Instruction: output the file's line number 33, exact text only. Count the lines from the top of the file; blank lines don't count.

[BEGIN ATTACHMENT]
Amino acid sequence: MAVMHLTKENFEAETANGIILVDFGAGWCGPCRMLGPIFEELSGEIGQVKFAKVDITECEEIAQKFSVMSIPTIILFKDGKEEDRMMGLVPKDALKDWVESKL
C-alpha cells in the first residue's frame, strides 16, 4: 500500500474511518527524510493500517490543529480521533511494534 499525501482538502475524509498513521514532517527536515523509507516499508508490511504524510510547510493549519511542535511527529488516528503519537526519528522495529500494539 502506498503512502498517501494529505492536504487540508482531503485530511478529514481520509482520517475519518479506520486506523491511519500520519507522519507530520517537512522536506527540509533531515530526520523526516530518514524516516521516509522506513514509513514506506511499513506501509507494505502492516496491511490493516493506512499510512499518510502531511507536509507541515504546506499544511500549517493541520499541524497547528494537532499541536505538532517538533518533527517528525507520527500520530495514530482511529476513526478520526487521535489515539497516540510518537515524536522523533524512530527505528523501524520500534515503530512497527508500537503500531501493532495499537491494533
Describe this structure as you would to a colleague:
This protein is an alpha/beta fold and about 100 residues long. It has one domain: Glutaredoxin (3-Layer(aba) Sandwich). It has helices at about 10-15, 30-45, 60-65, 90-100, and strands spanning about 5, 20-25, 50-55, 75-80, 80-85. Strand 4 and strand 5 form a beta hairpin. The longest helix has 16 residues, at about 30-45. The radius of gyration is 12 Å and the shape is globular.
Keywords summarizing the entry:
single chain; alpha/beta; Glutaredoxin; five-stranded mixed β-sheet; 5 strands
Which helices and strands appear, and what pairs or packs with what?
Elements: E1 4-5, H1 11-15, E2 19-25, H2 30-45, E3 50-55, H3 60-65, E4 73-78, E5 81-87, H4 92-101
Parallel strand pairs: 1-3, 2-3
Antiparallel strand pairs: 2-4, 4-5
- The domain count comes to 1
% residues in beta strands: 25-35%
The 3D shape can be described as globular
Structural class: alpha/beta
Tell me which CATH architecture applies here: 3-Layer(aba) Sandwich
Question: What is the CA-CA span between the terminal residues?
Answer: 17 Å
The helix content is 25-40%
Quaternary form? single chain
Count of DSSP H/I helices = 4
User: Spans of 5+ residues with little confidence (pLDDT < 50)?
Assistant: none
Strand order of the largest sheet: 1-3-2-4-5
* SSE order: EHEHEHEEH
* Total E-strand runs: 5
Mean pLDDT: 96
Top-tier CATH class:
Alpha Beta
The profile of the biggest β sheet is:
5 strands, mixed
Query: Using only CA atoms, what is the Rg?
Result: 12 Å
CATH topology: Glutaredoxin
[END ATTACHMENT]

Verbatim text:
CATH topology: Glutaredoxin